A determined student is conducting experiments in a potting shed near Biggleswade to see if plants really do react to sound.
Sir David Attenborough has introduced us to the idea that plants have senses which can respond to their environment, so the 22-year-old from Shuttleworth College is looking for answers.
Peter Lickorish has won a Milton Keynes Parks Trust bursary of £500 to conduct experiments at the campus near Biggleswade, and is placing propagation stage Euphorbia plants in sound boxes to see whether they grow best in silence, with the sound of trickles of water or mixed noises such as students talking around them.
Peter, who is completing the study as his dissertation for his Royal Horticultural Society (RHS) Masters, said: “There is a practical application for this especially with the modern designs of plant walls in and outside of offices.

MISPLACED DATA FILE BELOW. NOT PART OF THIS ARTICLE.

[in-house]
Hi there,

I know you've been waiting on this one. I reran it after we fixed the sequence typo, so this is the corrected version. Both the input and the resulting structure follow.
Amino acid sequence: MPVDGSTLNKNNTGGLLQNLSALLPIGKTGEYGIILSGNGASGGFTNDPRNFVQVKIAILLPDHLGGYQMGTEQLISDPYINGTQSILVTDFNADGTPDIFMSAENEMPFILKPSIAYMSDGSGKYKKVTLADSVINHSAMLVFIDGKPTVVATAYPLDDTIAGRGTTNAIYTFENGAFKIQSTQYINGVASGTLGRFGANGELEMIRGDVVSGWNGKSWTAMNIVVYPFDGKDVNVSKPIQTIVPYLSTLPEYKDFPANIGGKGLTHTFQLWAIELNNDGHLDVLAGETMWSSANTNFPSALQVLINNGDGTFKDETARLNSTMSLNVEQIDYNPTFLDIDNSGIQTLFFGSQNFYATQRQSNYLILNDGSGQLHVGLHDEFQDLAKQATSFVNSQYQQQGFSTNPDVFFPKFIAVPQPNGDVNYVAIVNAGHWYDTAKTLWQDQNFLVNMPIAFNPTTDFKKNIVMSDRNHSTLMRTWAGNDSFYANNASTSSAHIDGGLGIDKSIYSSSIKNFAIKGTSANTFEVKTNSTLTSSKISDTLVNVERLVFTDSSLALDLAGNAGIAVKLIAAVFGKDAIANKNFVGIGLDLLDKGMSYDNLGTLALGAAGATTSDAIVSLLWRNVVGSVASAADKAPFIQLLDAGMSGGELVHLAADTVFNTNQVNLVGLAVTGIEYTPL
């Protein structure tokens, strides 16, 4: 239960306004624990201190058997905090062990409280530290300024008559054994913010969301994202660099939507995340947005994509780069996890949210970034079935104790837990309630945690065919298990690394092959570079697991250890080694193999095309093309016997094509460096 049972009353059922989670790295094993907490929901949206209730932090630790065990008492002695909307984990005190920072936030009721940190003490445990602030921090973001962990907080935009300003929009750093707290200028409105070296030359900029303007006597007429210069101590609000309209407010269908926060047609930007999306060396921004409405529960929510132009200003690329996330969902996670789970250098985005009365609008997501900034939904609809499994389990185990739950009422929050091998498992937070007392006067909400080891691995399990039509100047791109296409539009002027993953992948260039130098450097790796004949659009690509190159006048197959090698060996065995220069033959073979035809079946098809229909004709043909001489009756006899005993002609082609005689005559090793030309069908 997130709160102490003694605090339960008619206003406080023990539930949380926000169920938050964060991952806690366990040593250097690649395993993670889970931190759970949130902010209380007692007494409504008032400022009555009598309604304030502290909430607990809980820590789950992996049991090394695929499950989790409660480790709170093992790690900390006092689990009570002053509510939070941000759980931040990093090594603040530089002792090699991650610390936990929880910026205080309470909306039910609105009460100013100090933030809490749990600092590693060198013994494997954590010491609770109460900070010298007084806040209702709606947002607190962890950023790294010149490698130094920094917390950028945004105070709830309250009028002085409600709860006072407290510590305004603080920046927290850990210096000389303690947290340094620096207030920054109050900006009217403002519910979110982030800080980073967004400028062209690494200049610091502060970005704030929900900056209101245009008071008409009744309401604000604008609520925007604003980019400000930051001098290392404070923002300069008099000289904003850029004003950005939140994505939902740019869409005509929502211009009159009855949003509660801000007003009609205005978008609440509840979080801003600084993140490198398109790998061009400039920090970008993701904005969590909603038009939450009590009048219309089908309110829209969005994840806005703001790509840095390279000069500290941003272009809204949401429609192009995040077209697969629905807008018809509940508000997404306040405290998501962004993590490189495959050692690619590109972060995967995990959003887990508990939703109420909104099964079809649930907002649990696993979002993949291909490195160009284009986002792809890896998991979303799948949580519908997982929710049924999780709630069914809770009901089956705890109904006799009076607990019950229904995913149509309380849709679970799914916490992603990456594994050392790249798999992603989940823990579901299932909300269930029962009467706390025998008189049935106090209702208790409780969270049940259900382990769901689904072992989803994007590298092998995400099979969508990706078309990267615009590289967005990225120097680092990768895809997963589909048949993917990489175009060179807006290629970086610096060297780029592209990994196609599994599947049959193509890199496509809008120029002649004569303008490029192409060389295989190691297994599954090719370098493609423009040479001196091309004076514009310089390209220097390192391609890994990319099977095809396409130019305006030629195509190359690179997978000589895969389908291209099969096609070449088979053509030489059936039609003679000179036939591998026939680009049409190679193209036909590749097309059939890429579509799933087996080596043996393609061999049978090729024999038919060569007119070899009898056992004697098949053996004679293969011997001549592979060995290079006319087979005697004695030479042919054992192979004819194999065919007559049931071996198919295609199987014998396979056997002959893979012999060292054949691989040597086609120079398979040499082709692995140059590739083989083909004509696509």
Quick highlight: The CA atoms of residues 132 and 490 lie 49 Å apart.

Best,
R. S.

"Setting aside atmospheric influences, do plants respond to the sound of a busy office or traffic noise, or does that stunt their growth compared to gentle sounds like running water?”
Peter works part-time at Shuttleworth College supporting those on the RHS courses which range from Level 1 Diploma up to degree-level and has his own business - Peter Lickorish’s Plant Paradise based in his home of Shenley Church End, Milton Keynes.
Explaining about the support for his project, Peter added: “The bursary is called the Fred Roche Foundation Study Award and is named after the man who was the General Manager Milton Keynes Development Corporation and thus green space developer of the new city. Only now can his vision for the greenness of Milton Keynes be really appreciated.
"Like others from Milton Keynes who are interested in plants and gardens, I came to study at Shuttleworth College as it is has a long-standing reputation in the field of horticulture and agriculture.”
For more information about horticulture courses and research programmes at Shuttleworth College visit www.shuttleworth.ac.uk